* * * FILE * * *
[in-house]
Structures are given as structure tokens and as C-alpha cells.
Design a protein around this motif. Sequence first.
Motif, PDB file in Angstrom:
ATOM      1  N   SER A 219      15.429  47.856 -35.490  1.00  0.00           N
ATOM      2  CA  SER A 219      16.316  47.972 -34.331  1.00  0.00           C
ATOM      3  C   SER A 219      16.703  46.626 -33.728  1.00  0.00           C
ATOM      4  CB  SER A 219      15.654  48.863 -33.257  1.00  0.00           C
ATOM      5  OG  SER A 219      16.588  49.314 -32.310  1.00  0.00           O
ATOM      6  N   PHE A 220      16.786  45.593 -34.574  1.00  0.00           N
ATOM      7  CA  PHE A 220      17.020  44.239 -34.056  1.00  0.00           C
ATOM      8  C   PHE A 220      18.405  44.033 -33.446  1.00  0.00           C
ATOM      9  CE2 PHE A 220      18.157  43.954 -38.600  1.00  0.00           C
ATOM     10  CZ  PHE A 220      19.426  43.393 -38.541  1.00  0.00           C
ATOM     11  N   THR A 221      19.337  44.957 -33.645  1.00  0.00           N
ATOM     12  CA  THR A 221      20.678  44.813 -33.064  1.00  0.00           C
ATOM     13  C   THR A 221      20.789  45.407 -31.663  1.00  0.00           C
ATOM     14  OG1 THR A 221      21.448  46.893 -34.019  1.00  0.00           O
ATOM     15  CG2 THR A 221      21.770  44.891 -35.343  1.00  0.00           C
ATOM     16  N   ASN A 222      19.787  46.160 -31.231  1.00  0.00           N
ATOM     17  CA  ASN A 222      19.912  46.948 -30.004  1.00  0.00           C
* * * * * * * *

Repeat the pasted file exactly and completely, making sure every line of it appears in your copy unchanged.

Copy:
[in-house]
Structures are given as structure tokens and as C-alpha cells.
Design a protein around this motif. Sequence first.
Motif, PDB file in Angstrom:
ATOM      1  N   SER A 219      15.429  47.856 -35.490  1.00  0.00           N
ATOM      2  CA  SER A 219      16.316  47.972 -34.331  1.00  0.00           C
ATOM      3  C   SER A 219      16.703  46.626 -33.728  1.00  0.00           C
ATOM      4  CB  SER A 219      15.654  48.863 -33.257  1.00  0.00           C
ATOM      5  OG  SER A 219      16.588  49.314 -32.310  1.00  0.00           O
ATOM      6  N   PHE A 220      16.786  45.593 -34.574  1.00  0.00           N
ATOM      7  CA  PHE A 220      17.020  44.239 -34.056  1.00  0.00           C
ATOM      8  C   PHE A 220      18.405  44.033 -33.446  1.00  0.00           C
ATOM      9  CE2 PHE A 220      18.157  43.954 -38.600  1.00  0.00           C
ATOM     10  CZ  PHE A 220      19.426  43.393 -38.541  1.00  0.00           C
ATOM     11  N   THR A 221      19.337  44.957 -33.645  1.00  0.00           N
ATOM     12  CA  THR A 221      20.678  44.813 -33.064  1.00  0.00           C
ATOM     13  C   THR A 221      20.789  45.407 -31.663  1.00  0.00           C
ATOM     14  OG1 THR A 221      21.448  46.893 -34.019  1.00  0.00           O
ATOM     15  CG2 THR A 221      21.770  44.891 -35.343  1.00  0.00           C
ATOM     16  N   ASN A 222      19.787  46.160 -31.231  1.00  0.00           N
ATOM     17  CA  ASN A 222      19.912  46.948 -30.004  1.00  0.00           C